Student Loan Repayment for Dummies

Two students in face masks study with Victor E Viking.

Approximately 46 million Americans have student debt.

Before the election of 2020, one of the promises President Joe Biden made was to cancel student loan debt. His first action was pausing student-loan payments, that was supposed to end in May 2022 but has been extended until this  August. Democrats are pressuring Biden to cancel $50,000 per person.

For many college students (including myself) the relief of paused payments is short lived, and the cancellation of student debt entirely is wanted. The future of student loans and cancellation is unsure and leaders appear to be indecisive. Will we have to go back to paying our debt eventually, will at least $50,000 of our debt be canceled, or will it be canceled altogether … who knows?

I barely had any knowledge of what a student loan was when I took on two loans at the beginning of the year. Being skeptical of the future of my student debt, I went to a financial coach for more detailed information on student loans and was given a basic rundown on loan repayment. So, for all the new college kids who also have no clue what they’re getting themselves into when accepting a loan, here is a basic rundown version of federal loans (private student loans are an entirely different beast) and common repayment plans.

Disclaimer: This a basic version to help simplify information. If you want more details, such as more repayment plans, and info on PLUS and consolidation loans, you can find more information on the FSA website.

A Small Guide to Student Loans

If you accepted student loans in your FAFSA form you probably had the option of accepting either a subsidized loan, or an unsubsidized loan, or both. The difference between the two is that the U.S Department of Education will pay the interest of a subsidized loan while you’re in school half-time OR for the first six months after you leave school. You are required to pay the interest of an unsubsidized loan

Once your financial aid has disbursed, that is when the interest on your loan will start. Even when you leave or drop out of school you still have to pay the loan back. If you are having trouble making a loan payment, contact your loan servicer as soon as possible to possibly lower your monthly payments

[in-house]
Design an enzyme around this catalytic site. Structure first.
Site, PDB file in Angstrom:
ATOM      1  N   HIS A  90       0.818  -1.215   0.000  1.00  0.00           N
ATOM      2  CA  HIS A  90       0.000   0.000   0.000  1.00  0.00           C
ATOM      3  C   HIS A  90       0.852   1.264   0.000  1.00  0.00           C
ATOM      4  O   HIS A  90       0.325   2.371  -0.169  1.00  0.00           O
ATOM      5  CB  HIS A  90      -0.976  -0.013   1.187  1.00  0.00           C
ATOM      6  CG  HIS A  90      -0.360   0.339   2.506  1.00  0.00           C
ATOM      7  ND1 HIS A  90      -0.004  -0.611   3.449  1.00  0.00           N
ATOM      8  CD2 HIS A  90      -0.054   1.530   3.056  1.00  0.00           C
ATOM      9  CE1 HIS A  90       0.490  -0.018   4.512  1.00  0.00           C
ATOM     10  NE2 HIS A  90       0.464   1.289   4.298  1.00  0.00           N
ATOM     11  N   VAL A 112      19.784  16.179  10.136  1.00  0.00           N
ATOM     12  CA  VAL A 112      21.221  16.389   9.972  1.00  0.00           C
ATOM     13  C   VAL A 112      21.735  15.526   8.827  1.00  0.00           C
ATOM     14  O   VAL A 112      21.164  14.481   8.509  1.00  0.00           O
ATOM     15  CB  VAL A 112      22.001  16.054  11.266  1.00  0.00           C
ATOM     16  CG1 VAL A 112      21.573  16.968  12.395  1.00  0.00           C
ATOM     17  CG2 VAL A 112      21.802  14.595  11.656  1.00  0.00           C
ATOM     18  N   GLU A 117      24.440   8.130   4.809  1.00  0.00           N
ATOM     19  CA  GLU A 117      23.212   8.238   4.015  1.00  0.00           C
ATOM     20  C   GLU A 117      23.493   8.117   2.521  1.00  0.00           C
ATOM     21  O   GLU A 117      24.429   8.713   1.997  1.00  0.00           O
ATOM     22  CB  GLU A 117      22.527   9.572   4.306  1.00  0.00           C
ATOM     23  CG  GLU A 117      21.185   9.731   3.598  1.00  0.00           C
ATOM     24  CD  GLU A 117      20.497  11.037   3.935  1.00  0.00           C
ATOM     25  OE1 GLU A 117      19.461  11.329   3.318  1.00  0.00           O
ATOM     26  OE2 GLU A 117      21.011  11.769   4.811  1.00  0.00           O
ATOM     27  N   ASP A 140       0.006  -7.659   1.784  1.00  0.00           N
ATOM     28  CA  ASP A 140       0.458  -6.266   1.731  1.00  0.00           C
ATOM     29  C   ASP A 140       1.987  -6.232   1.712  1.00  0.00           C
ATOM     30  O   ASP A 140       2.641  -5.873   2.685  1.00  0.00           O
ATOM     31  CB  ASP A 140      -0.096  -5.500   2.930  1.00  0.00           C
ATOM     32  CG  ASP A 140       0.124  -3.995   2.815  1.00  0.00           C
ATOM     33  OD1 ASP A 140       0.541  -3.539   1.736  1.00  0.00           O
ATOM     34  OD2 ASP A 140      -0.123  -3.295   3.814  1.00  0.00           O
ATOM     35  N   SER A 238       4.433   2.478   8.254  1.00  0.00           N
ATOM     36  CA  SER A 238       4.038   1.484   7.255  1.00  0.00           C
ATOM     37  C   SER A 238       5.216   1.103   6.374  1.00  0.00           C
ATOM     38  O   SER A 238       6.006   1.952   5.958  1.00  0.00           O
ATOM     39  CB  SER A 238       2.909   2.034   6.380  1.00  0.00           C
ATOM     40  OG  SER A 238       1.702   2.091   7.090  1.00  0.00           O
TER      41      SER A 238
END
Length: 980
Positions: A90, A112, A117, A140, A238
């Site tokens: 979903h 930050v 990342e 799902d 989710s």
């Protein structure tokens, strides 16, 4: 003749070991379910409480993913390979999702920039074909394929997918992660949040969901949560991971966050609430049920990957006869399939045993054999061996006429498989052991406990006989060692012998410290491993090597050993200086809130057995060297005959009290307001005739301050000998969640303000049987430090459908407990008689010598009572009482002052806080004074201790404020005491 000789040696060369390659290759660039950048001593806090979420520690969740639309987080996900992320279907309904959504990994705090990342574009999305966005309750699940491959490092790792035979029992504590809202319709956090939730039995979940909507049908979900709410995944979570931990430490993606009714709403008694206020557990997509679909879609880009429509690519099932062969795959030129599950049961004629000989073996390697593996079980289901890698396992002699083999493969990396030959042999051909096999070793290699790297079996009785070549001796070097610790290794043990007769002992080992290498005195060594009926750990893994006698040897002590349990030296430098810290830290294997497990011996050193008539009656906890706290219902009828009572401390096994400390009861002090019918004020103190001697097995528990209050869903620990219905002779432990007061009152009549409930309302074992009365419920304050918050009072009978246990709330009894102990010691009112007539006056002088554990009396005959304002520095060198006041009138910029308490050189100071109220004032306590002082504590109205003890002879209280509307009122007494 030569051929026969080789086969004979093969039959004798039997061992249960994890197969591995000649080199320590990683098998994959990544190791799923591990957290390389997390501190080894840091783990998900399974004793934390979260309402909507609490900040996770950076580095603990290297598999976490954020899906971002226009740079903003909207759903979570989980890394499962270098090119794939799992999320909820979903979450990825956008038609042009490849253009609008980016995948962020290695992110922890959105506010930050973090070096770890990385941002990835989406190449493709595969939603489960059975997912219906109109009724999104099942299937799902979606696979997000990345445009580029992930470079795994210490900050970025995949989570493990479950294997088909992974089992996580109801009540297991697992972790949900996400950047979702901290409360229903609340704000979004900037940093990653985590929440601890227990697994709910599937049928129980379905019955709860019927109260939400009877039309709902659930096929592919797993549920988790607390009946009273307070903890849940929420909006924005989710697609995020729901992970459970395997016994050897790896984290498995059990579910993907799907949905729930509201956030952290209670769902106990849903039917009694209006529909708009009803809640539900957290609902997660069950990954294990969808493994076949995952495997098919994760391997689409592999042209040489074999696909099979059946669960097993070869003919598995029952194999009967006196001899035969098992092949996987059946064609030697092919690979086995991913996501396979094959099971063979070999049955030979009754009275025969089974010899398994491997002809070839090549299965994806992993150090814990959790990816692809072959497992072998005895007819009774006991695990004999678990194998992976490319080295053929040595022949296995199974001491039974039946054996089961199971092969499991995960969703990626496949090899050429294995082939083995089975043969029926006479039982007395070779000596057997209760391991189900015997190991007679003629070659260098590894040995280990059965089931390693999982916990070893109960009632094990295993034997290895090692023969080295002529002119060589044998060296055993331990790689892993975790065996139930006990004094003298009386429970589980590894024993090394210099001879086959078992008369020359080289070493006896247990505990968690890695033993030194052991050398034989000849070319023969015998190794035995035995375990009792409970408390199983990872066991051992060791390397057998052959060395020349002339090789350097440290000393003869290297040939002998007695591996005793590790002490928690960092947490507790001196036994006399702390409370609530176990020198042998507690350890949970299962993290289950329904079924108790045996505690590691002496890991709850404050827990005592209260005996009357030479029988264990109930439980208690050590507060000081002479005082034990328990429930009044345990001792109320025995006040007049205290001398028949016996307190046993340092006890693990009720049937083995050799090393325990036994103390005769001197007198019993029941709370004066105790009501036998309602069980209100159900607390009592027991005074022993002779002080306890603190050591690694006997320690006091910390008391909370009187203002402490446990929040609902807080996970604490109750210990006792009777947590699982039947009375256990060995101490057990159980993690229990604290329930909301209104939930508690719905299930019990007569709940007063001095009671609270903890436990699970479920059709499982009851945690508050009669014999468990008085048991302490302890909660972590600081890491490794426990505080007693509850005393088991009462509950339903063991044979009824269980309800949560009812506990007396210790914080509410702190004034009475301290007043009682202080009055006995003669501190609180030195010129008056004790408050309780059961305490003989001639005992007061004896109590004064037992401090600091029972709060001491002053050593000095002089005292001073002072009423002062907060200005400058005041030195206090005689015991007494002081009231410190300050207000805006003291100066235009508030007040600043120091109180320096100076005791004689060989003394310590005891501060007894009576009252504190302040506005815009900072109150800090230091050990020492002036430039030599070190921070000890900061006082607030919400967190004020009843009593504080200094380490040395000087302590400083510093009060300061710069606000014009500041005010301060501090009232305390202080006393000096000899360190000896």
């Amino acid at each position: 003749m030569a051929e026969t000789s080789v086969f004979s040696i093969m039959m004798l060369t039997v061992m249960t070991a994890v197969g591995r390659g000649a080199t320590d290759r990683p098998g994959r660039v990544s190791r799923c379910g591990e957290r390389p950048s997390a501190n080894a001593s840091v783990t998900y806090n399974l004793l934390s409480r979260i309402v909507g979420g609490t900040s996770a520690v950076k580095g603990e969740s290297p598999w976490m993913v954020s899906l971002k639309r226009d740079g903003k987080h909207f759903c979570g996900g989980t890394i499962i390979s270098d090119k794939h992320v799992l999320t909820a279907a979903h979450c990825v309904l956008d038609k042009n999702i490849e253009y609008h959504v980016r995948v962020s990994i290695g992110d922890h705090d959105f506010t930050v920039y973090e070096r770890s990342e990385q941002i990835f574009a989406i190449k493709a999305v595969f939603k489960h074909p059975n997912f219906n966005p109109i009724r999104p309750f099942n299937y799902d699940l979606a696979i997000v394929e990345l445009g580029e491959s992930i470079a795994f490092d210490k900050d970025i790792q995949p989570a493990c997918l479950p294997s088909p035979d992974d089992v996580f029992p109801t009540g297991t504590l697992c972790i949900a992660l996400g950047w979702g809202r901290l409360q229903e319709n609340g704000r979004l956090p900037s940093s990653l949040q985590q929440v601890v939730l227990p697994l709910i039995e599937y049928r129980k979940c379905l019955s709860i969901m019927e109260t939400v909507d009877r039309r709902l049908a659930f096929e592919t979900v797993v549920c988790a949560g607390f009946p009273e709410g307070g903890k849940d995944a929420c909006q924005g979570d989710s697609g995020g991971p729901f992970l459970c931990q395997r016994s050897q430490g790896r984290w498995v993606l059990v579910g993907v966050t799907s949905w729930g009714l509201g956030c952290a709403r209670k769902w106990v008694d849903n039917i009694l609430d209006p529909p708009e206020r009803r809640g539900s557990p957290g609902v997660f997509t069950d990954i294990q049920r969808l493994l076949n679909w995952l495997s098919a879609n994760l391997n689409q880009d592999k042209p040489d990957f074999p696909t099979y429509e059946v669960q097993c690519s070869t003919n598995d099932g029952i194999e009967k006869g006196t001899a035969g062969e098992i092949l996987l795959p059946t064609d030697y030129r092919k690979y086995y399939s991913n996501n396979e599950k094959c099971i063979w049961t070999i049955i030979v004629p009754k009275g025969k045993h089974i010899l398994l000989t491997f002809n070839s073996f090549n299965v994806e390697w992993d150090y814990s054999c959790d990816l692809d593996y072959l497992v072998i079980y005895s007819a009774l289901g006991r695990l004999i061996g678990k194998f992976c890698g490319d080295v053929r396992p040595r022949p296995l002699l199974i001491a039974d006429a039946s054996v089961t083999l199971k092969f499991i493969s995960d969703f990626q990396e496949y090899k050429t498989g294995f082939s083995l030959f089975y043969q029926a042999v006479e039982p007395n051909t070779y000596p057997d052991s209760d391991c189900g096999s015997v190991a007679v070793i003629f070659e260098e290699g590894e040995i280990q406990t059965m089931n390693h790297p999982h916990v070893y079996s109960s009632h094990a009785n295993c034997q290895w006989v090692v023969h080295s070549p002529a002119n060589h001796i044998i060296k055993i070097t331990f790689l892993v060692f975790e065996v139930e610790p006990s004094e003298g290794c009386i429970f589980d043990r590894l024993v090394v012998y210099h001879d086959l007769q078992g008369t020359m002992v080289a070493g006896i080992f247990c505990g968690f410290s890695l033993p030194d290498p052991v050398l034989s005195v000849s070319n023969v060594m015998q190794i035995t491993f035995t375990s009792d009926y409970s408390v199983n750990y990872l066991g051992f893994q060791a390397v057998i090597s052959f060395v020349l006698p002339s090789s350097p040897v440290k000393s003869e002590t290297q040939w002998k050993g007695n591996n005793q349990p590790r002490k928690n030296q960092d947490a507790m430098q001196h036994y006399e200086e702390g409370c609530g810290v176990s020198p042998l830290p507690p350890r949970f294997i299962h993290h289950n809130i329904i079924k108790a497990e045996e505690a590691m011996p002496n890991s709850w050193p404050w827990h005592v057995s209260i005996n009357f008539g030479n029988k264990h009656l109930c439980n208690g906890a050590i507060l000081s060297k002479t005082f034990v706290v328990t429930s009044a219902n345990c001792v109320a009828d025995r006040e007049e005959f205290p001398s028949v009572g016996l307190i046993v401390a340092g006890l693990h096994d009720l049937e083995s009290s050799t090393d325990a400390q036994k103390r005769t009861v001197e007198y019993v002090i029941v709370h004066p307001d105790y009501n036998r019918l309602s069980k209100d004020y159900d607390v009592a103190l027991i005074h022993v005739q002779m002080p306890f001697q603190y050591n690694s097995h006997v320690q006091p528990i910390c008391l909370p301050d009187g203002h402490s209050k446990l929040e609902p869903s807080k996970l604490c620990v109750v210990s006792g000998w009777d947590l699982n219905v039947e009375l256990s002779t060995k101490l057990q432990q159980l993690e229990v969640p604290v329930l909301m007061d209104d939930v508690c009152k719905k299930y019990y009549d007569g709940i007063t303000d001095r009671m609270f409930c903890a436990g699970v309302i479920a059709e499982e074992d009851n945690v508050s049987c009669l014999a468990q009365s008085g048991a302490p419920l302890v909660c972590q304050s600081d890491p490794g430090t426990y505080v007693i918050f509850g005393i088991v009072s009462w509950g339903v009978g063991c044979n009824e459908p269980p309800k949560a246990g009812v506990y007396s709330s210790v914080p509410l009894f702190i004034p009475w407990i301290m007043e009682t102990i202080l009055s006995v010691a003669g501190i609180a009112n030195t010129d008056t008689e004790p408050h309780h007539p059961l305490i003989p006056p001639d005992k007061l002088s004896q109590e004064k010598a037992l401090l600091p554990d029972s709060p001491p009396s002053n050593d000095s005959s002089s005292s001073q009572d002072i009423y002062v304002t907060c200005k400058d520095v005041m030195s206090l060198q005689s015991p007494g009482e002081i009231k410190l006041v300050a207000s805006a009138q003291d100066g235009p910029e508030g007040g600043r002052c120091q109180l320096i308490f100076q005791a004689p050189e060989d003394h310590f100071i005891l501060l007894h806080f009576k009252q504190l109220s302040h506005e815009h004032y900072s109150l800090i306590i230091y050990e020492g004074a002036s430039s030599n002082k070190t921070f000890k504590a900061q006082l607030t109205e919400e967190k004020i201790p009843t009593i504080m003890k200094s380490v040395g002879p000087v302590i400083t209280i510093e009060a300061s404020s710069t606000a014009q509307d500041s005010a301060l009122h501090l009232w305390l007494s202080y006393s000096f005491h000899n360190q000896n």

Once you graduate or leave university you have a six-month grace period before you are required to start making regular payments. The grace period allows you to select a repayment plan and prepare yourself financially. When you enter the repayment period your servicer will automatically place you on the standard repayment plan if you didn’t choose a different plan.

Note: you can make prepayments on your loan while you are in school or during your grace period. If you want to pay less interest or reduce the total cost of loan over time you can pay extra every month.

Top Three Repayment Plans

Payment plans below do not include information about PLUS or consolidated loans.

Standard Repayment Plan


  • Ensures your loans are paid off within 10 years
  • You’ll pay less over time than other plans
  • All borrowers are eligible


  • Not a good option for those seeking public loan forgiveness

Extended Repayment Plan


  • Must have more than $30,000 in outstanding Direct Loans.
  • Will ensure loans are paid off within 25 years
  • Monthly payments are less than the standard or graduated repayment plan.


  • Will pay more over time than the standard plan
  • Not a qualifying repayment plan for public loan forgiveness

Income-Based Repayment Plan


  • Must have a high debt relative to your income.
  • Monthly payments will be either 10 or 15 percent of discretionary income but never more than what you would have paid under the standard plan.
  • Payments are calculated based on family and income size
  • Any outstanding balance on your loan will be forgiven if you haven’t repaid your loan in full after 20-25 years.


  • Will pay more over time than the standard plan.
  • If you’re married your spouse’s income or loan debt will only be considered if you filed a joint tax return
  • You may have to pay income tax on any amount that is forgiven.

What If I Don’t Want to Take Out a Loan?

No worries, there are other options to help pay for school if you’d rather not take out a loan!

  • Scholarships: PSU has a Scholarship Universe Portal. Submit an application by the deadline and win thousands of dollars for school. Tip: Local scholarships are easier to win than national ones.
  • Find Part-Time Work: of course, this is a harder option since it’s difficult to work while attending classes and completing schoolwork. Plus, it’s not easy to gain a job in the competitive marketplace. However, if your financial aid deems you eligible for federal work study you can find a not-so-stressful job on campus that you only have to work 8-10 hours per week for!
  • Request a Revaluation of Circumstances: If you had a special circumstance that isn’t properly reflected on your FAFSA form such as a loss, divorce, etc., you can petition to your university for a reevaluation on your FAFSA form.
  • Emergency Aid: If you have difficulty completing the semester or faced unexpected expenses, PSU offers an Emergency Hardship Fund through the Dean of Student Life office.




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